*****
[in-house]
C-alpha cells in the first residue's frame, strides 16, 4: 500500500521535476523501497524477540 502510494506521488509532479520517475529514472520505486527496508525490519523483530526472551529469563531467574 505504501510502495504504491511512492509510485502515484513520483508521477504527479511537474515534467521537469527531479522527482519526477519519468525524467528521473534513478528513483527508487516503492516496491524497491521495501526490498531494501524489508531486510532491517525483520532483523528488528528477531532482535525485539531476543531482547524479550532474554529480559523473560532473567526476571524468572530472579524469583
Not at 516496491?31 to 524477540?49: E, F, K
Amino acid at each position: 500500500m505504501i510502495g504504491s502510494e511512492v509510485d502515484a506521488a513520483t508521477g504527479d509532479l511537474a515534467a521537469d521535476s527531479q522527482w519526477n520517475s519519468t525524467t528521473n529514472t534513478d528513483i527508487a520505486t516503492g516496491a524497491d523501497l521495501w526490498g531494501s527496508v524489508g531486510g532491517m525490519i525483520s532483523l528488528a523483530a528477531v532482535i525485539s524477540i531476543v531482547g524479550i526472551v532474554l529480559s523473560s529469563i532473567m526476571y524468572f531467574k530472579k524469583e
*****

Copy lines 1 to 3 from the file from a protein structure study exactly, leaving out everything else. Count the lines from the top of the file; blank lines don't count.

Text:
[in-house]
C-alpha cells in the first residue's frame, strides 16, 4: 500500500521535476523501497524477540 502510494506521488509532479520517475529514472520505486527496508525490519523483530526472551529469563531467574 505504501510502495504504491511512492509510485502515484513520483508521477504527479511537474515534467521537469527531479522527482519526477519519468525524467528521473534513478528513483527508487516503492516496491524497491521495501526490498531494501524489508531486510532491517525483520532483523528488528528477531532482535525485539531476543531482547524479550532474554529480559523473560532473567526476571524468572530472579524469583
Not at 516496491?31 to 524477540?49: E, F, K